I had this exact same problem. I purchased a really run down park with homes that needed to go to trailer heaven. The tenants were poorly chosen and often had run ins with the police.
Shortly after purchasing the park I found out the seller was harassing the tenants and pitting them against me. Worse yet, this guy was well known in the community for bullying people to get what he wanted. The tenants had been bullied so much by him they were afraid to stand up to him and believed every lie he told them about me.
The park was owner financed through a bond for deed agreement and I was afraid he would foreclose on me. I consulted with an attorney and here is what I found out.
If you have a legal bond for deed and you have proof of your payments he can’t legally pull the deed. It’s pretty iron clad. One thing to remember is, according to the attorney, the property belongs to the seller until final payment so unless it is in the contract you really can’t make changes unless the seller ok’s it in writing.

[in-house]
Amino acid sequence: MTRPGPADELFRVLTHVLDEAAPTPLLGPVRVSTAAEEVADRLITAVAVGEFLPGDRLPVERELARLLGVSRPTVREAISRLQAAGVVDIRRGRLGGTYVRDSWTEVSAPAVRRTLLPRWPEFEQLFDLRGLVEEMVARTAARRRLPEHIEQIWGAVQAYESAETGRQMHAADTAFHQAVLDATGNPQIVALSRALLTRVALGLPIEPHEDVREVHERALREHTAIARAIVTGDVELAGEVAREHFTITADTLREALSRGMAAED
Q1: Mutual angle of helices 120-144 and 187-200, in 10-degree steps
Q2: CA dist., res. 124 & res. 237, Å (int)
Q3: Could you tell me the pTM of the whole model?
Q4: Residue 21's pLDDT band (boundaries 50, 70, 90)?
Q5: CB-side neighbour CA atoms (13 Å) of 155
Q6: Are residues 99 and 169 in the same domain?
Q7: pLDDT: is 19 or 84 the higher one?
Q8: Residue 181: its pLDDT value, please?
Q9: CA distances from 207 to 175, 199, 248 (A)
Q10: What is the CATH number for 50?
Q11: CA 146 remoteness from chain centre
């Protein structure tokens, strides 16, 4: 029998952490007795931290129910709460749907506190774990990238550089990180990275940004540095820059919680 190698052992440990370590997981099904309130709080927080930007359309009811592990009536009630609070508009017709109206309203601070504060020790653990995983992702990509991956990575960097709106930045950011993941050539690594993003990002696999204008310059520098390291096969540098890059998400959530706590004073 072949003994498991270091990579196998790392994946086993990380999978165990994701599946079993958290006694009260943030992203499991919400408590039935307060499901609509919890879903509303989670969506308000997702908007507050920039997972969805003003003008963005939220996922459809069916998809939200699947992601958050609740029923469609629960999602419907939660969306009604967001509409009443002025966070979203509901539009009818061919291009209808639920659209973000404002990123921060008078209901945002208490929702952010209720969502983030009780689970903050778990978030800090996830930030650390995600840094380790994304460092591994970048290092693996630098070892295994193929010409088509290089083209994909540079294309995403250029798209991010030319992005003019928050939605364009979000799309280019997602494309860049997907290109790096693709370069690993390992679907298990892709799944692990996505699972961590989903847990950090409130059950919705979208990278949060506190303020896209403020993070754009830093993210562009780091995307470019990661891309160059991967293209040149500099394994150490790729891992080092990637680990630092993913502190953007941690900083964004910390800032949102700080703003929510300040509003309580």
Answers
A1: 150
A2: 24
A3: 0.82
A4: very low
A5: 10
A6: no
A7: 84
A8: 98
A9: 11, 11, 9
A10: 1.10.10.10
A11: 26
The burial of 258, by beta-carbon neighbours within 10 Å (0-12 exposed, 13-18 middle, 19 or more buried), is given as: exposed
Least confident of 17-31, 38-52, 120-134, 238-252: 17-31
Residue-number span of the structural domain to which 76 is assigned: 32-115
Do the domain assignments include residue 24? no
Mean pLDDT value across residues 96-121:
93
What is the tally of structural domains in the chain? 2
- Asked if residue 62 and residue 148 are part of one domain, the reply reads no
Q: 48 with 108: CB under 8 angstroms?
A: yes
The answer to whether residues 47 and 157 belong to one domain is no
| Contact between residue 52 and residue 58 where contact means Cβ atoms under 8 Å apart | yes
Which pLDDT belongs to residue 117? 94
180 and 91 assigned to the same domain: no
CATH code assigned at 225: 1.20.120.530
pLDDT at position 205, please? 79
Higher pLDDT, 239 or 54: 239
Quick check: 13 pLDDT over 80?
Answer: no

Try to work things out with the seller (judges are usually favorable to people who try to work it out on their own). To quell the harassment I would call the seller when he pulled a stunt. Turned out he was just a big bully that when I called him with a calm but firm voice he would back down every time. I also became more visible to the current tenants and evicted the worst ones as quickly as possible. In Louisiana the lease agreement is null and void when the property changes hands so it was a simple process of giving tenants notice and getting them out.
Document EVERYTHING I hope you don’t end up in court but if you do you need to show that you tried to resolve the issues by methods that are ethical and legal.
Lastly, I worked on getting a loan for the park ASAP. The day I bought that seller out was the best day of my life. He even offered to sell me another one of his parks at closing.